MGM has casinos in several states considering legalization of sports gambling
Legal Sports Report

MGM Having ‘Preliminary Discussions’ On Sports Betting Outside Of Vegas

Beau Rivage sports betting Miss

MGM Resorts International has already had “preliminary discussions” about legal sports betting in several of the jurisdictions in which it has casinos, according to one of its vice presidents.

Beyond the near immediate possibility of New Jersey sports betting — where MGM owns the Borgata — the company is already preparing for the possibility in Mississippi, Michigan and Maryland. That’s according to VP of race and sports Jay Rood in a recent interview with Legal Sports Report.

“It’s an exciting time. We’d be doing a disservice to our shareholders if we weren’t looking into it,” Rood said. “We’re evaluating jurisdictions where we have gaming licenses, and some are obviously higher up the list.

“We’re examining the logistics of what a sportsbook would look like, things like staff training; there are lots of moving parts.”

Two of those states are ones where there has been recent chatter about legalization.

MGM and sports betting

MGM Resorts International is poised to be at the center of a potential sports betting revolution in the US. With locations in many of the states that may be first movers in the sports betting space, MGM could benefit greatly if New Jersey wins its sports betting case in the US Supreme Court.

It already has a racebook at Borgata, and MGM is working on a $7 million upgrade that would turn it into a full-fledged sportsbook.

“The team in New Jersey is trying to figure out an appropriate design, we’re still engaged with an architect,” Rood said. 

A decision in Christie vs. NCAA is not expected until March at the earliest and June at the latest, so it might be unlikely the full book would be up and running in the event of a New Jersey victory.

MGM and states moving on sports betting

Mississippi is the state that appears to be furthest along on sports betting, already lifting a prohibition on wagering via a fantasy sports bill this year.

If it moves forward, MGM has a pair of casinos in the state: Beau Rivage in Biloxi and Gold Strike in Tunica. Both will be natural fits to install sportsbooks. (MGM also owns a minor-league baseball stadium in Biloxi.)

Also:

  • MGM has come out publicly in favor of a bill that recently advanced in Michigan that would legalize online sports betting, casinos and poker. The company owns the MGM Grand Detroit there.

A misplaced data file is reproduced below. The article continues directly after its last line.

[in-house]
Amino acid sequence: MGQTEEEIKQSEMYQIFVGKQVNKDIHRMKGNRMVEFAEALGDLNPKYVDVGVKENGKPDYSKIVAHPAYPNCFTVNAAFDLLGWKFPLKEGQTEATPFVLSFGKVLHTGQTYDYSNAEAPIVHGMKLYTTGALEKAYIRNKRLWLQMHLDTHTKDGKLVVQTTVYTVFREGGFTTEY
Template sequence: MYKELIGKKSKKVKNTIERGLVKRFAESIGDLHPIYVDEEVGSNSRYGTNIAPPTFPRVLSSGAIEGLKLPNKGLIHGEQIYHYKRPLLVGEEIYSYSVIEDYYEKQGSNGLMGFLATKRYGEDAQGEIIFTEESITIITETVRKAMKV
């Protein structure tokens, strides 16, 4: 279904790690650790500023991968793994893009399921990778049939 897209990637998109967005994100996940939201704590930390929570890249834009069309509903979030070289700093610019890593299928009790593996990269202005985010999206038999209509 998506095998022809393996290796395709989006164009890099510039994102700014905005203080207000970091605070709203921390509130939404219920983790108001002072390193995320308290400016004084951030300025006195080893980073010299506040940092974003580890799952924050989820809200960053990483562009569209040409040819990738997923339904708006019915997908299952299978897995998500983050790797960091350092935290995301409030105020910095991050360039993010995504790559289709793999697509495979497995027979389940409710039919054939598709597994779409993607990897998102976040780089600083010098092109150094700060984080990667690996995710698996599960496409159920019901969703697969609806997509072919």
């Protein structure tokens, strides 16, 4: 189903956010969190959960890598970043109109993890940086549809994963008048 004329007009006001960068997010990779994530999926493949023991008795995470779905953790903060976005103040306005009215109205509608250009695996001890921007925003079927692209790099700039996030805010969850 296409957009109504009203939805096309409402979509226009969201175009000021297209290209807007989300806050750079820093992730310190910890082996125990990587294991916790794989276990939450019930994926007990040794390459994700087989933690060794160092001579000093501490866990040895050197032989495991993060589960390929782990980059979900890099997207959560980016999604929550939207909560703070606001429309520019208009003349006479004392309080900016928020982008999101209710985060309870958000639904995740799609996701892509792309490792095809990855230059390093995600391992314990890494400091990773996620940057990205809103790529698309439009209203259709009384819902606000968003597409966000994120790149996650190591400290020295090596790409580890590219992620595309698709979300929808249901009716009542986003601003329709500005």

• And MGM Springfield opens next year in Massachusetts, a state where sports wagering legislation could see movement next year.
  • MGM National Harbor is a new property near Washington, D.C., although there hasn’t been a ton of momentum for sports wagering in Maryland.

Changes in Nevada sportsbooks?

Meanwhile, Las Vegas will continue to be the focus of MGM’s sports betting offering. What happens there could be the blueprint of the future for sportsbooks elsewhere.

In particular, Rood said that MGM is looking at possible changes to its Mandalay Bay property sportsbook, which is already a pretty large one. With the Oakland Raiders coming to Las Vegas in the near future, Mandalay will be one of the closest casinos to the planned stadium.

“We’re brainstorming what changes we might make, what services we can have there, what we can offer besides the sportsbook,” Rood said. “We’re in the process of coming up with right design and the right strategy that we can act on before the Raiders get here.”

Rood pointed to a renovation of the sportsbook at the Mirage in 2013 as where the sportsbook business might be headed in Vegas and beyond. There is tiered, theater-style seating and couches available for small groups that want a more intimate setting.

It seems like a more engaging way to bet on sports and watch them.

“I think you want to provide [bettors] with what they’re used to, but try to create a really cool viewing experience,” Rood says. “And then bring wagering into it somehow in a way that’s unobtrusive.”

Dustin Gouker
- Dustin Gouker has been a sports journalist for more than 15 years, working as a reporter, editor and designer -- including stops at The Washington Post and the D.C. Examiner.